Vampire Empire: The Greyfriar is the first book in a trilogy of high adventure and alternate history. Combining rousing pulp action with steampunk style, Vampire Empire brings epic political themes to life within a story of heartbreaking romance, sacrifice, and heroism.
So the table won't be vampire-free for much longer...

Wednesday, August 4, 2010

Treats. Let me tempt you with them.

So: if a panel of John Kessel, Natania Barron, Gwendolyn Clare, and Paul Celmer can't tempt you to come out to the Bull Spec #2 launch party at Quail Ridge Books tonight, maybe these will. Mrs. Bull Spec has once again brought out the big guns:

Three (count 'em, three!) varietals of rice crispy treats. Sure, there's your standard (in this case, a little more on the gooey side) 'plain':

And then it gets a little more interesting, with M&Ms and Reese's Pieces:

And then something really cool, coconut raisin almond:

So there. Shamelessly: come enjoy some local speculative fiction and, of course, there will be snacks!

Monday, August 2, 2010

Scheduled and scheduling.

First, some upcoming things which didn't make Issue #2's "Happenings" which I've recently learned about:

  • I had local author John Claude Bemis' The Wolf Tree in Happenings, but not the book's launch party at Purple Crow Books in Hillsborough on August 28
  • Brandon Sanderson is reading and signing from Way of Kings: The Stormlight Archive, Vol. 1 at Quail Ridge Books on September 7 at 7:30 PM
  • William Gibson (!!!) is bringing his Zero History tour to Duke University on September 21 at 7:00 PM

Second, and on the topic of scheduling, I've started putting together a schedule of folks you might see at the Bull Spec dealer table at NASFiC/ReConStruction this weekend. While I don't know yet when some other folks will be dropping by, David J. Halperin has gotten the ball rolling by scheduling some time to meet and greet and talk to folks about his upcoming book (February 2011) from Viking, Journal of a UFO Investigator. I first heard about the book from SFScope, but did not read that last paragraph and had no idea that Dr./Prof. Halperin was writing from, literally, down the street from me. That bit of information only came via meeting him at a lunch outing with the Raleigh Write to Publish Meetup Group. Since then I've been very much looking forward to reading a book described like this:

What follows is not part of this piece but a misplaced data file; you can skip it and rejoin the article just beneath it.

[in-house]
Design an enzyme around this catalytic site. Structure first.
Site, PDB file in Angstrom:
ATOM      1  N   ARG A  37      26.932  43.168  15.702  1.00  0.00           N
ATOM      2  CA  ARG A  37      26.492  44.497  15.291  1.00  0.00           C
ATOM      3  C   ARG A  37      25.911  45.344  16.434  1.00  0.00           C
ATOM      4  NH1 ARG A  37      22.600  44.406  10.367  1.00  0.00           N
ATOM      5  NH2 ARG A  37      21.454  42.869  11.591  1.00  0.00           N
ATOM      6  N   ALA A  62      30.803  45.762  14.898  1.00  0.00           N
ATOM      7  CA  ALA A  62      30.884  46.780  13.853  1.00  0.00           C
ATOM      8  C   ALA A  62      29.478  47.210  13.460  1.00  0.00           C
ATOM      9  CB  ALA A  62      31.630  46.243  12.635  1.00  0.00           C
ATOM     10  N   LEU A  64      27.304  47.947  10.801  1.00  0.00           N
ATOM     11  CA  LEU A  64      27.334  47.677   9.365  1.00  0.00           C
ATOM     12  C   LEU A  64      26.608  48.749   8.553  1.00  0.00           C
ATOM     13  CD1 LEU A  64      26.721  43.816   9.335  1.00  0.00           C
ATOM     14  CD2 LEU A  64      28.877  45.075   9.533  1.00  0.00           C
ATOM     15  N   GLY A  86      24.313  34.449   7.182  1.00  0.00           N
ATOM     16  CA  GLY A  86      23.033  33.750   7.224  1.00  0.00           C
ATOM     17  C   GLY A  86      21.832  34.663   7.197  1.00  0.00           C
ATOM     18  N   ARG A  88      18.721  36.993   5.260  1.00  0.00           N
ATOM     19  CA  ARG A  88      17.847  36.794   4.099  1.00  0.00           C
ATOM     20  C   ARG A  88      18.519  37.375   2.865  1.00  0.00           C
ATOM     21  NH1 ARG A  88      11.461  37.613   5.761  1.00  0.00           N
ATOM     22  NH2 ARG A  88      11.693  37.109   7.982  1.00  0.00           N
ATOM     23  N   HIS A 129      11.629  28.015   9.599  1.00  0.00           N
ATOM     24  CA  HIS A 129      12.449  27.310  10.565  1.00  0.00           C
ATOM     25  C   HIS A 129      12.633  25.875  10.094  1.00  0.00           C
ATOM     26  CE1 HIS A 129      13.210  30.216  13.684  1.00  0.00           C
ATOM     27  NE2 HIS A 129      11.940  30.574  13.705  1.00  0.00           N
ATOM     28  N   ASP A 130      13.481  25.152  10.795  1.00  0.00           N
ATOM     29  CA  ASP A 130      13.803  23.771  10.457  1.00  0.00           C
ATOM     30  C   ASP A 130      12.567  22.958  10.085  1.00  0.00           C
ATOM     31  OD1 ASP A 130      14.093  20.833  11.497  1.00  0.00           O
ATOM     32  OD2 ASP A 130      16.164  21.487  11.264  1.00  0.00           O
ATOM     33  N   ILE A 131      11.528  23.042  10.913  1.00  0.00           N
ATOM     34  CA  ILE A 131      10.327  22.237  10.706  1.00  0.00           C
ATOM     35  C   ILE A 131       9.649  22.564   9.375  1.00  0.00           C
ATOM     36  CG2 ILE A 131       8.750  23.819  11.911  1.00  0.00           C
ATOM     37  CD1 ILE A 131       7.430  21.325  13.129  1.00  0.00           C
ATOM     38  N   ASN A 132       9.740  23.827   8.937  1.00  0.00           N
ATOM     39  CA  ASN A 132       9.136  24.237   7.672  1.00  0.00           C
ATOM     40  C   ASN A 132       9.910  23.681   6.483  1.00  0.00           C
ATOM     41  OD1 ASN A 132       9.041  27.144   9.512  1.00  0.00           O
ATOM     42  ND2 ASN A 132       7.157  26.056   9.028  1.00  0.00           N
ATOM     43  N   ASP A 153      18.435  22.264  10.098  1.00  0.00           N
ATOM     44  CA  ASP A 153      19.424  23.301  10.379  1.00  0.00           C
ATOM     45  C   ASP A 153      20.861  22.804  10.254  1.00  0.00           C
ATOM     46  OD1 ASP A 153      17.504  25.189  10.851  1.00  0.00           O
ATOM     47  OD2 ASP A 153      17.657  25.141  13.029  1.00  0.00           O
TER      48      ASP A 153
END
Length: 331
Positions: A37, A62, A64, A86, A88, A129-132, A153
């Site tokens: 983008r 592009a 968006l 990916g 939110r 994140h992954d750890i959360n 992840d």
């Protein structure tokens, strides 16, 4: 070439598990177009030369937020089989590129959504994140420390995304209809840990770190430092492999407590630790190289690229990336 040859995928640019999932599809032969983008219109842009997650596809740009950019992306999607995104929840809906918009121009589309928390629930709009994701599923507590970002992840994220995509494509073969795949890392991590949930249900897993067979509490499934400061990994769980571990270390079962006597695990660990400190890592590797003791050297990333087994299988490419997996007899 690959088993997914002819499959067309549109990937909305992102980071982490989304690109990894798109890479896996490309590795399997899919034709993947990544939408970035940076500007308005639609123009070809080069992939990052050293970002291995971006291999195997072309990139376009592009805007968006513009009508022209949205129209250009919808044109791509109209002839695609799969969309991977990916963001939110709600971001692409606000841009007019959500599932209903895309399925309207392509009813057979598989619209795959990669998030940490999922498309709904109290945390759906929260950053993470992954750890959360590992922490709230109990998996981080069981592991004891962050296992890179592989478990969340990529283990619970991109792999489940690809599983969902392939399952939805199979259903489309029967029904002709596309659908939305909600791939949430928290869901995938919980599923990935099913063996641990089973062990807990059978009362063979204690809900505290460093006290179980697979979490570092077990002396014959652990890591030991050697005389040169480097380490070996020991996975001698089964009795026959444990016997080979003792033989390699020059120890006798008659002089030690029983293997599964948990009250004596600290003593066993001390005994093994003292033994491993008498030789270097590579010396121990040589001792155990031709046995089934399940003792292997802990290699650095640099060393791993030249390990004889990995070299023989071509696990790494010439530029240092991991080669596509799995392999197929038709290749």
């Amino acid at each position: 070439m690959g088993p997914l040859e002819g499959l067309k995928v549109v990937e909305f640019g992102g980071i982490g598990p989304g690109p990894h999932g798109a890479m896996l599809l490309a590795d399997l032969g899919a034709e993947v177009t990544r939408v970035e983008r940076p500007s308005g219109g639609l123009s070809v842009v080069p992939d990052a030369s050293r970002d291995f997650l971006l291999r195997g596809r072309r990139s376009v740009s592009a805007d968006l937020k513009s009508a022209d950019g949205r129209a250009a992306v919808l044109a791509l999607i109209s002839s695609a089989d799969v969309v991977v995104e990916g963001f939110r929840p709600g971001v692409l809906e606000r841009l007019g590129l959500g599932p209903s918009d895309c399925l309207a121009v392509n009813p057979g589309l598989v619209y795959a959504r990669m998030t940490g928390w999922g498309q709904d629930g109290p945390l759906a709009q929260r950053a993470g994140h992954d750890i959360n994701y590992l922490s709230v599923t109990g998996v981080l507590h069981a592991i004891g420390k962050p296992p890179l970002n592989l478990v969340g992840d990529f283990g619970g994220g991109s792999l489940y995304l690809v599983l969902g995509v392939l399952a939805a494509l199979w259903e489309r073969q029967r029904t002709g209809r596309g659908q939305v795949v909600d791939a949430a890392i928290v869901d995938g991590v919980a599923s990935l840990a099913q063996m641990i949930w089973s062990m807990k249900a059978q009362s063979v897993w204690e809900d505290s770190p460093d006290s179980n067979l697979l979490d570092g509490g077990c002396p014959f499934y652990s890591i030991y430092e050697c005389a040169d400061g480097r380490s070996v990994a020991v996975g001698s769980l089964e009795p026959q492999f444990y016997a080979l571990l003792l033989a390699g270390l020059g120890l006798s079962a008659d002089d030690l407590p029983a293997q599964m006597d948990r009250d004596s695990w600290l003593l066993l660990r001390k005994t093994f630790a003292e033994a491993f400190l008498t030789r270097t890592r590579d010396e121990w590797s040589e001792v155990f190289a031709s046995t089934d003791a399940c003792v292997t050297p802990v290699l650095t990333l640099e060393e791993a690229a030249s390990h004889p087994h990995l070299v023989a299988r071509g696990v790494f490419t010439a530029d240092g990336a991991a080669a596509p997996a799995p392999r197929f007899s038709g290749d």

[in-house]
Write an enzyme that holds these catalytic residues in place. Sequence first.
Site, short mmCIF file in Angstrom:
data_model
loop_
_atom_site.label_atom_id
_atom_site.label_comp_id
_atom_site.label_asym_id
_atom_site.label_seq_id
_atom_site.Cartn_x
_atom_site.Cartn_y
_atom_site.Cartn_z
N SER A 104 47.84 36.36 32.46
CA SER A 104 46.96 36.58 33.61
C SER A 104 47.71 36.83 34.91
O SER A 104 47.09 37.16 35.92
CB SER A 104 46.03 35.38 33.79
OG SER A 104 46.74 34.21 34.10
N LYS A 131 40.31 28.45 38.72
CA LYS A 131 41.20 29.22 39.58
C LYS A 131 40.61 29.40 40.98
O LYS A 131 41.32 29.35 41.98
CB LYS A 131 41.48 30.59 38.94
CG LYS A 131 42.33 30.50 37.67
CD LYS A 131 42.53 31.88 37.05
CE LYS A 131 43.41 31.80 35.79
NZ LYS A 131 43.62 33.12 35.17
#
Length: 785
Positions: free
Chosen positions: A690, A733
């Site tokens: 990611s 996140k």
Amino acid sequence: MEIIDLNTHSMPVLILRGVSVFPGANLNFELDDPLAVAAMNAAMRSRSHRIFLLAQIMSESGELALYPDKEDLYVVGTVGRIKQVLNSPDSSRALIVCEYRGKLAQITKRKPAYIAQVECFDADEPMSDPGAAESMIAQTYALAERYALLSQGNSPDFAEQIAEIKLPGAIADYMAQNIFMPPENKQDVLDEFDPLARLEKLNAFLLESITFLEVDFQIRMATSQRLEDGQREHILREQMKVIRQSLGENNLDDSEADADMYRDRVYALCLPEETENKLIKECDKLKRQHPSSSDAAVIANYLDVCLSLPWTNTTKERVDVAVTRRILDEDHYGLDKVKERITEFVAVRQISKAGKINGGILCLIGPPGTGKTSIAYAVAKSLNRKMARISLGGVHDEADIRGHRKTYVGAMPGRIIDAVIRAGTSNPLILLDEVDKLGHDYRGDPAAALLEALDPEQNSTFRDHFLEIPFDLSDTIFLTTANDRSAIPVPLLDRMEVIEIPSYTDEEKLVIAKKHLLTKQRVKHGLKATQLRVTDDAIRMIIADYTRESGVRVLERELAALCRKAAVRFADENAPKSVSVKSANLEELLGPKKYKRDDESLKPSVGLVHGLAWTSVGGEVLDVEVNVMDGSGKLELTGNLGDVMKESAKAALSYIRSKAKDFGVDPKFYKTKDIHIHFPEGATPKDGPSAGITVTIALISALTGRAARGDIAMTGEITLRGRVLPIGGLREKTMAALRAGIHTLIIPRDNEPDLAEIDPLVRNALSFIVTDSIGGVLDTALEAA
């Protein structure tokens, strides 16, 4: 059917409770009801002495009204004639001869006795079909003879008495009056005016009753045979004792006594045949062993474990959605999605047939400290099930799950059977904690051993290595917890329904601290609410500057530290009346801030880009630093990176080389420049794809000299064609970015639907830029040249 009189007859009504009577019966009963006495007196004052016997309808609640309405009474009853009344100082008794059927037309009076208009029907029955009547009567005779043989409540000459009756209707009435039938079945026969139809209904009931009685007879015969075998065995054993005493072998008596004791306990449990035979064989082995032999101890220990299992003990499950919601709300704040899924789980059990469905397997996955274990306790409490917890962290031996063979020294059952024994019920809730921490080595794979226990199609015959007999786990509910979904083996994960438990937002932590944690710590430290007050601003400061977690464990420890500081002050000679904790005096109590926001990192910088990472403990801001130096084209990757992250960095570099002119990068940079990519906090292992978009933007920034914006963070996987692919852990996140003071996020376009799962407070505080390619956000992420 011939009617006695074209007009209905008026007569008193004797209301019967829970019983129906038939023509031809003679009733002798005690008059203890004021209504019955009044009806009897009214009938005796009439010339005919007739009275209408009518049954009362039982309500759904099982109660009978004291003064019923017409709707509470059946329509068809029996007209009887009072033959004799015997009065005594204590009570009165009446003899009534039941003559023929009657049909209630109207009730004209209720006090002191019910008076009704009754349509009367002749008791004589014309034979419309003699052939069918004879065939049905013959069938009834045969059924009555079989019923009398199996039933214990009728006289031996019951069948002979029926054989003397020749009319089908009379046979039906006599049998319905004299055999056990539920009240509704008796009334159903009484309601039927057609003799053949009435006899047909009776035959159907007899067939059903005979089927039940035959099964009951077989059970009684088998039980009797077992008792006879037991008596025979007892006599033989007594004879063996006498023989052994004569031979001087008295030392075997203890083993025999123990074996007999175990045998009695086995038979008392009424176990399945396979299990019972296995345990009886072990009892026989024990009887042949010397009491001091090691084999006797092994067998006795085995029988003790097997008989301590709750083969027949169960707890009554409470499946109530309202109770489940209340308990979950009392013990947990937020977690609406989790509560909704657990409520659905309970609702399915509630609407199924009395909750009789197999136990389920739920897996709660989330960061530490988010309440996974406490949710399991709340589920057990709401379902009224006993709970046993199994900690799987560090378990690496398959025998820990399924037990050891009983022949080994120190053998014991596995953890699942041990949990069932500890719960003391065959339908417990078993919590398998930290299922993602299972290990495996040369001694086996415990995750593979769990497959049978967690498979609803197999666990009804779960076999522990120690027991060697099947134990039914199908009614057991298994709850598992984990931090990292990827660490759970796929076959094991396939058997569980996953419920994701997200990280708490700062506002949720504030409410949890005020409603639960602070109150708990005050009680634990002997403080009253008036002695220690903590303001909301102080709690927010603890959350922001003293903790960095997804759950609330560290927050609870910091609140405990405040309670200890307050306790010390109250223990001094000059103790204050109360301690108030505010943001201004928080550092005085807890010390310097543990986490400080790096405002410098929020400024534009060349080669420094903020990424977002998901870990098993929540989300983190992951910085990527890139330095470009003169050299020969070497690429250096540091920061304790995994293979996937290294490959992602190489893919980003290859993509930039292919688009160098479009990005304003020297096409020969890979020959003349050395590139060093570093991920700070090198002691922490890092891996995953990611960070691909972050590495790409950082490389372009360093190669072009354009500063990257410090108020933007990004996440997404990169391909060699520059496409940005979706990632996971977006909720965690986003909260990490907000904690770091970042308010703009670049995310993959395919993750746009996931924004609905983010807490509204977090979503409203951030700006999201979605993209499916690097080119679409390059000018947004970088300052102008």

The book is "structured like The Wizard of Oz and influenced by the work of Philip K. Dick, Philip Pullman, and Madeleine L'Engle, the book tells the story of a 1960s teenager whose mother is slowly dying. He keeps himself sane by spinning a story in which he duels with the embodiments of death, unravels the mysteries of time and existence, and becomes lover to the most desirable girl he can imagine, all in a world in which nothing happens that is not conspiracy. Eventually, the boy descends into the nether-world and emerges transformed. Much of the UFO content in the book is based on factual lore."
 And David is polishing up another book as well, so there's lots to talk about. He's going to be available Thursday (1-2p, 4-6p), Friday (11a-1p, 2-3p), and Saturday (2-4p), so there's plenty of opportunities to fit him into your schedule, and to ask him how much of the UFO journal is autobiographical...

Two days until the issue #2 party at Quail Ridge Books! (New Flyer.)

There's a new new flyer to post around if folks are up for it. Just two days until the issue #2 party at Quail Ridge Books on Wednesday and there's a few places I haven't been able to get to:

  • NCSU campus
  • Hillsborough Street (done: Nice Price Books to Schoolkids Records) (need: Schoolkids down to the Morgan split)
  • Glenwood South
  • Moore Square
  • City Market
  • Cameron Village
  • Five Points
  • Downtown
  • Downtown
  • Brightleaf Square
  • Done: Durham-Chapel Hill Blvd (Guglhupf to University Drive)
  • Duke East Campus
  • Done: 9th Street (and Whole Foods, Mad Hatter)
  • Broad Street Cafe
  • Duke West Campus
  • Erwin Road
Chapel Hill:
  • S Elliott Road
  • Caffe Driade
  • UNC campus
  • Franklin Street (done: Carolina Brewing Company to Columbia) (need: Columbia up to Planetarium)
  • Done: Maple View Farms
  • Historic Downtown
Wake Forest:
  • Historic Downtown
  • Historic Downtown
So, yeah. A "few" places... post here and/or on the Facebook page if you think you'll be able to help out, mainly it's going to shop owners who have a place to post flyers and asking nicely if you can post something, or hitting the common flyer spaces and bulletin boards. And if you're really, really in the mood to do this kind of thing, the current ReConStruction/NASFiC flyer is on their publications page, and that's this Thursday to Sunday. I wish they had an updated flyer with per-day membership rates and so on, but we have what we have, and it's "go time!" I'll be picking a couple of routes out myself in lieu of lunches over the next couple of days, and I'll try to keep folks posted on where I'm headed and what's been covered in comments here.